I like New Vegas’ solution. Obsidian gave the player to freedom to kill pretty much anyone they want and consequently the freedom to screw themselves out of almost all quest lines. The only exception is the Yes Men ending which even ingame is the “screw everyone else, I’m doing this on my own”-path.
      Unless they radically change their gamedesign philosophy, Bethesda will never do something like that though. They seem to be almost afraid of allowing the player to miss content. Which can result in such silliness like a player becoming an Archmage who only knows 3 novice level spells, or a master of the Thieves Guild who only runs around chopping people up with a big sword and hasn’t got a singple point in stealth.

      While a more dynamic game like Skyrim might warrant marking some NPC's as unkillable, particularly as they could otherwise randomly be killed by a dragon through no fault of the player… there is such a thing as going overboard with it.

      It’s not all that difficult to make a system where civilians flee when there’s a dragon attack (or vampire attack for Dawnguard). There are mods that do exactly that. With the Creation Engine’s alias system, you can even temporarily make NPCs unkillable until a dragon or vampire attack has been dealt with it.

      1. newdarkcloud says:

        Solution: Use the “protected” flag for townspeople instead of the “essential” flag. And change the protected flag so that only the player can make the kill.

        1. Raygereio says:

          That’s not a great fix. I think it’s fine for a player to screw themselves out of content intentionally. But a game should be designed so that you can’t do that by accident. And having killable people be around during a dragon attack, would mean you could kill them by accident during combat.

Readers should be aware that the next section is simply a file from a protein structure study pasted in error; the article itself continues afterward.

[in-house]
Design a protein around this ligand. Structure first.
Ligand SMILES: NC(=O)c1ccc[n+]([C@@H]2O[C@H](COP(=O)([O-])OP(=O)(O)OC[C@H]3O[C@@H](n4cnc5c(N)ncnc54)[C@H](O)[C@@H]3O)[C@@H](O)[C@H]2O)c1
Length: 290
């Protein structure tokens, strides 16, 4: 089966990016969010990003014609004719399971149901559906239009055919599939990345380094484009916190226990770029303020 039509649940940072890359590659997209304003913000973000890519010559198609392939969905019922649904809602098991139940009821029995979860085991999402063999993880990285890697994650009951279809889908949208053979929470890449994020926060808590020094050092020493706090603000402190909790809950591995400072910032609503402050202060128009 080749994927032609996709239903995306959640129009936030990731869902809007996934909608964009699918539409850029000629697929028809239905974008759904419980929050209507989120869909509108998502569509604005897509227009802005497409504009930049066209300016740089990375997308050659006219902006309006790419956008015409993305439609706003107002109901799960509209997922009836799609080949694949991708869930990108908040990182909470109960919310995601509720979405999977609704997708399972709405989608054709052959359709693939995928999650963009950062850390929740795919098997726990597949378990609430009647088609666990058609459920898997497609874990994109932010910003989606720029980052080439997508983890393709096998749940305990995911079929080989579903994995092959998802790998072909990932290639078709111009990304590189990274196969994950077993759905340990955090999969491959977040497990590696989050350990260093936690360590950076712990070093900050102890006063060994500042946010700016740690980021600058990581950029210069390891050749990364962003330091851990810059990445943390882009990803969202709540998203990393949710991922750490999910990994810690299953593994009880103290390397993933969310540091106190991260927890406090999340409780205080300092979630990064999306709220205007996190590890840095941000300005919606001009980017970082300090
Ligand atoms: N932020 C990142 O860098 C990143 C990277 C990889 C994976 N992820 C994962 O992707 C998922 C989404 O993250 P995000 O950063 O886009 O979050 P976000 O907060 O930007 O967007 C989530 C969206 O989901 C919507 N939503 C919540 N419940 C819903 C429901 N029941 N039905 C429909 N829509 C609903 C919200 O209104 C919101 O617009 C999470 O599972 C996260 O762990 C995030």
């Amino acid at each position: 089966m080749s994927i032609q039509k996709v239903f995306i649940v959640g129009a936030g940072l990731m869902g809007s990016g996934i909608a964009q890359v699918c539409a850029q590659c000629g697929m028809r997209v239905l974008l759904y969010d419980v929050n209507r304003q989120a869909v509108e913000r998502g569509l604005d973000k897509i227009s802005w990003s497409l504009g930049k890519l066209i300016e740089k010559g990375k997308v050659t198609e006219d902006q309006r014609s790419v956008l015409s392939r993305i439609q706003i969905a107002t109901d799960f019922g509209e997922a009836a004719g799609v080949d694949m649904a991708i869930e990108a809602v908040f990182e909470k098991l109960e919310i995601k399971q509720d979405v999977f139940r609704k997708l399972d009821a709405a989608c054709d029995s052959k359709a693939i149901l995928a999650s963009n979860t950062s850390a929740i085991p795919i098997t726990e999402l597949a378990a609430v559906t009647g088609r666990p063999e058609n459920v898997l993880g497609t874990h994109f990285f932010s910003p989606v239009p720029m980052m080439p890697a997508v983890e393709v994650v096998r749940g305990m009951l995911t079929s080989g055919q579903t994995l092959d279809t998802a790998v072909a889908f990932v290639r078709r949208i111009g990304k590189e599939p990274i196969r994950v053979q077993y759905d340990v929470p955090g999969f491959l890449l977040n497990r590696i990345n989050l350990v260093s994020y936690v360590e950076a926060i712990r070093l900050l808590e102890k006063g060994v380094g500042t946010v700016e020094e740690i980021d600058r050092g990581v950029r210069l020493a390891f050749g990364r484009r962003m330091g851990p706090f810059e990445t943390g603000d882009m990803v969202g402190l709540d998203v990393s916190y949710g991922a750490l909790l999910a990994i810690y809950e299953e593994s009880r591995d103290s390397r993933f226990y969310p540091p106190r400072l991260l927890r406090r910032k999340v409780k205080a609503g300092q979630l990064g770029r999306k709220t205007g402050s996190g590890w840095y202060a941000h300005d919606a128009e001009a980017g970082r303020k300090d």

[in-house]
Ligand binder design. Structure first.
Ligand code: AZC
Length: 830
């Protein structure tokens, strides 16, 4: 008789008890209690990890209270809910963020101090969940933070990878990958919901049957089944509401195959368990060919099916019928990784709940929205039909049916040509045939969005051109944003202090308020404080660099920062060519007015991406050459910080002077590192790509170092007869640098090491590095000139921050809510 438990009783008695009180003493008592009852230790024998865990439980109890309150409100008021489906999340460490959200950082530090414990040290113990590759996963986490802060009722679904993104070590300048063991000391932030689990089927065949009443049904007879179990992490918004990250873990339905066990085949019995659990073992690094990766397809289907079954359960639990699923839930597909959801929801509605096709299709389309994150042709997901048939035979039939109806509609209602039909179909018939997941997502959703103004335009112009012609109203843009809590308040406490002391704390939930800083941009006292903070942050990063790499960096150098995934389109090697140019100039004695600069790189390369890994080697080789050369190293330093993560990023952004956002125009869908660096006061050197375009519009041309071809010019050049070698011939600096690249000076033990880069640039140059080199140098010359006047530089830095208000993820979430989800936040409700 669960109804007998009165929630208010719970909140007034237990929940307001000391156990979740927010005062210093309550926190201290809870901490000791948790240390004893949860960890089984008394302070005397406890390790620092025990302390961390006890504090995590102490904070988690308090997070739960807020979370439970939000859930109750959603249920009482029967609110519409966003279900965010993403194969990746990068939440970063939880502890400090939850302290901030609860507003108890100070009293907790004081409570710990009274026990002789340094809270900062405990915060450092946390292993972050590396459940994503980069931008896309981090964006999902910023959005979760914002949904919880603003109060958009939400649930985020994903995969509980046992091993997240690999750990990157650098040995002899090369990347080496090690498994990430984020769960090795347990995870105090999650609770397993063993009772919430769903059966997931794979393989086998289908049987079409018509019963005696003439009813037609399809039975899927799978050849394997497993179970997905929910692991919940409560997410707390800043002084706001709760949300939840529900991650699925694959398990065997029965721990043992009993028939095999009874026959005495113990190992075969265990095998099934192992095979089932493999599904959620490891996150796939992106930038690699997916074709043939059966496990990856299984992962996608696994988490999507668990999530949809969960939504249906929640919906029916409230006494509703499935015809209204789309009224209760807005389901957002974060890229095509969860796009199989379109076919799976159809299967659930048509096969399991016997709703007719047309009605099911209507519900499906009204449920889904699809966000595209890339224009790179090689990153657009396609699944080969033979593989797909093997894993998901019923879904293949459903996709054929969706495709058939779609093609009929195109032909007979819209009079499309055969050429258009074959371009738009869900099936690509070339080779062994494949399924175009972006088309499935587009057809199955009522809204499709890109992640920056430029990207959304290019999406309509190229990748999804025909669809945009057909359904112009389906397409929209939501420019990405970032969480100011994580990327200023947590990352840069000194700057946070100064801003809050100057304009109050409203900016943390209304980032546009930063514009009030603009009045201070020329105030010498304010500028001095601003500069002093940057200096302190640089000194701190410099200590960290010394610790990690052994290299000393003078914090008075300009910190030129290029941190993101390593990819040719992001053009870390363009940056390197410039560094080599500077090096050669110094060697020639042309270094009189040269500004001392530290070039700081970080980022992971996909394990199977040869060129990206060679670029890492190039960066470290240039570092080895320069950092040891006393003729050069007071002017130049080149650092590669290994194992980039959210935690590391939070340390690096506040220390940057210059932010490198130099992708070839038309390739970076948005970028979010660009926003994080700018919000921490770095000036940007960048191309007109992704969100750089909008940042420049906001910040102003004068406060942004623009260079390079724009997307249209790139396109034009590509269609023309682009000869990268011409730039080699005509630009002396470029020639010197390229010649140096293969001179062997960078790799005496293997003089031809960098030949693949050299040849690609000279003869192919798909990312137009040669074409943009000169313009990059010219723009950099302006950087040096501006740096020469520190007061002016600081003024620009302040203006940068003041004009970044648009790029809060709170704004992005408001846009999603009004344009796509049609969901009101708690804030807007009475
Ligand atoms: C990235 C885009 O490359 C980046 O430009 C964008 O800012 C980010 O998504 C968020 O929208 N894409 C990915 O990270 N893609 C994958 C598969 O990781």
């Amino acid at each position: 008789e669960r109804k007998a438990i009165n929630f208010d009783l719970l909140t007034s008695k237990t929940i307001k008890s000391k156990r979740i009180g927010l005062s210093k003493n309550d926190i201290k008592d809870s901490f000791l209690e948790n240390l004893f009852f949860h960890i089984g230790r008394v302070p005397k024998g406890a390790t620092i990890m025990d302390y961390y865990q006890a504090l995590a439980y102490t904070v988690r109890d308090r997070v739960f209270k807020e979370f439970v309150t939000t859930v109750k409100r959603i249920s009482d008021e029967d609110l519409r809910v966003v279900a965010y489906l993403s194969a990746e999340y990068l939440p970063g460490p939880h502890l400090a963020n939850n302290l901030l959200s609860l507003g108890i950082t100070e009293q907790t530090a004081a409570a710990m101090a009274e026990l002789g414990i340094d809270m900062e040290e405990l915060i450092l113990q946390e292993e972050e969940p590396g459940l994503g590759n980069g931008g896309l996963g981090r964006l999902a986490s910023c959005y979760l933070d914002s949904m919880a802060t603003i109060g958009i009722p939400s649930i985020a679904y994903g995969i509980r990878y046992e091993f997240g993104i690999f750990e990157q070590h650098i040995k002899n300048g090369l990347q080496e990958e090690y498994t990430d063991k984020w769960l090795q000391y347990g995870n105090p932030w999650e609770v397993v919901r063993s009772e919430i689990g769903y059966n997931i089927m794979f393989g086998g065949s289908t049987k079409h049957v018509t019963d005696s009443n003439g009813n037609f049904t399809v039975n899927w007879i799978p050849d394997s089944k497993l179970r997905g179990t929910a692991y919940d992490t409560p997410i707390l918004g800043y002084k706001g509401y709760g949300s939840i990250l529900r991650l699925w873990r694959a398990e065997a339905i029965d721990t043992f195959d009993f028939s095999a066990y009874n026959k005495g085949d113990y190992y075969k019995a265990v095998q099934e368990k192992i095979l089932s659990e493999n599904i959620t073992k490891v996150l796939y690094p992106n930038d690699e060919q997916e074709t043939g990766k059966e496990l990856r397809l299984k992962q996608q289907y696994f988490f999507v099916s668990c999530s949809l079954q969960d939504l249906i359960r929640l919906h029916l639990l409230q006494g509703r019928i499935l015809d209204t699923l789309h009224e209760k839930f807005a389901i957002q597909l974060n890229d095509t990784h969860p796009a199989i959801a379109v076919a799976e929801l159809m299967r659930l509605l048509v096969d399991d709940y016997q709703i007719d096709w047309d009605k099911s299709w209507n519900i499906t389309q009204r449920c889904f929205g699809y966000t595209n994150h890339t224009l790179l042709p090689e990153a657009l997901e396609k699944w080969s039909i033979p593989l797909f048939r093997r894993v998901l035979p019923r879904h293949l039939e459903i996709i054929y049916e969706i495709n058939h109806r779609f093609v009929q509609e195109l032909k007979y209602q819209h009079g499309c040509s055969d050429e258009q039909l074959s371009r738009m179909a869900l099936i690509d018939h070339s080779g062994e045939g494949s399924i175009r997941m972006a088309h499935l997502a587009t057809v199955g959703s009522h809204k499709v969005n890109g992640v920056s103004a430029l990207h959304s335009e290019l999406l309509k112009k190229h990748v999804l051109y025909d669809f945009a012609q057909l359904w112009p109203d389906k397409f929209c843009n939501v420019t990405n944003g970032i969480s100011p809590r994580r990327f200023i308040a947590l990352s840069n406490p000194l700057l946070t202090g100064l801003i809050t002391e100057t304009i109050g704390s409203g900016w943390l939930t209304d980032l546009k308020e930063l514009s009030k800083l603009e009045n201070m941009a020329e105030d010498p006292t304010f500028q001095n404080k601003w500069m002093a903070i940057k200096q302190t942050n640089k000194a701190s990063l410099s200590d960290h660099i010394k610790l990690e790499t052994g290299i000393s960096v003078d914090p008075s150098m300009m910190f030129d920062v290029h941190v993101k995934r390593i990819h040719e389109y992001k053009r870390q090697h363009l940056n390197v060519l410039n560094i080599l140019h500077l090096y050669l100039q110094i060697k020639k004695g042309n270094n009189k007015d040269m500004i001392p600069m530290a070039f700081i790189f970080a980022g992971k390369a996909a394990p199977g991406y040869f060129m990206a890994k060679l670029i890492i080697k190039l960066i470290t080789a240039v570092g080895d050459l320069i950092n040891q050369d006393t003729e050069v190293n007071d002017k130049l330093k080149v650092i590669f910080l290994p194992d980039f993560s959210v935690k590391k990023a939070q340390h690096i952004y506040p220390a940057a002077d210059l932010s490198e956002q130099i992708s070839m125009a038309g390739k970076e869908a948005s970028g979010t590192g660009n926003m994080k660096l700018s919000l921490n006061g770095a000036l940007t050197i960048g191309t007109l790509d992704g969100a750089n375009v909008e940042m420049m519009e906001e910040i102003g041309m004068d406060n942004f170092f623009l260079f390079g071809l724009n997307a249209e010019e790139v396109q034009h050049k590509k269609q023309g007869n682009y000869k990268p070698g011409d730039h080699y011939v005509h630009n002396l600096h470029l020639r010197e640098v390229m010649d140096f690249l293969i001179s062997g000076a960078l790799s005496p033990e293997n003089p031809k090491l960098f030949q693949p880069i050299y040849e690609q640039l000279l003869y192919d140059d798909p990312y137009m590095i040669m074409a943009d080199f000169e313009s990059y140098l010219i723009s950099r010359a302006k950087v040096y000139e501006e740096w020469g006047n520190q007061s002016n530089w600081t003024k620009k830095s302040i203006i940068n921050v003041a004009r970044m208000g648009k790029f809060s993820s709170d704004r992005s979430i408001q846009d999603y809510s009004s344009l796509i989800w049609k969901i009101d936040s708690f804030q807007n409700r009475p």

Making people run for shelter when a dragon attacks – which is perfectly possible and not really complex to implement – is a better sollution and has the additional benefit of making things feel a bit more realistic.

    2. newdarkcloud says:

      I’m glad they finally talked about essential flags, because I bitched about this myself about this same time last year:

  22. Grudgeal says:

    Just to butt in on the Steve Russell analogy, it’s a valid comparison… Except Mark Hamill was *retiring* from the role, and not willing, able and as expensive to hire as the replacement.

    To me, it’s just another example of the new game’s indecisiveness towards being a reboot/new universe versus homaging the old one: They want the same main character and the same voice, but they don’t want to use the same voice actor to deliver the same voice to the same character. Si non confectus, non reficiat

  23. James says:

    I don’t understand why the people who made elder scrolls keep giving people plot armor like this. We know its possible to tell a story were you can kill EVERYONE, New Vegas did it, you could kill every single person and if they had a quest it went “quest failed” on the top of the screen, so the player now knows a quest failed and if they were interested they could reload. It also helped that their were no less than 4 ways to beat the game so chances are you would choose one of them. Now i just wish a few of the writers of NV had stayed with Bethesda.

    1. Thomas says:

      I don’t think it would be good enough. It seems to be a deliberate design philosophy of Bethesda to make the story/questing as bland and uninvolving as possible… and somehow it pays off. Removing the ability to do anything significant so that players can do everything insignificant creates a game which people can devote 100’s of hours to and play again and again and again.

      I would love it if the partnership between Bethesda and Obsidian was strengthened though. If for every mainstream Bethesda game, Obsidian made a spin-off using the Bethesda assets… that would be so good. I would love to see an Obsidian take on an Elder Scrolls spin-off

      1. Humanoid says: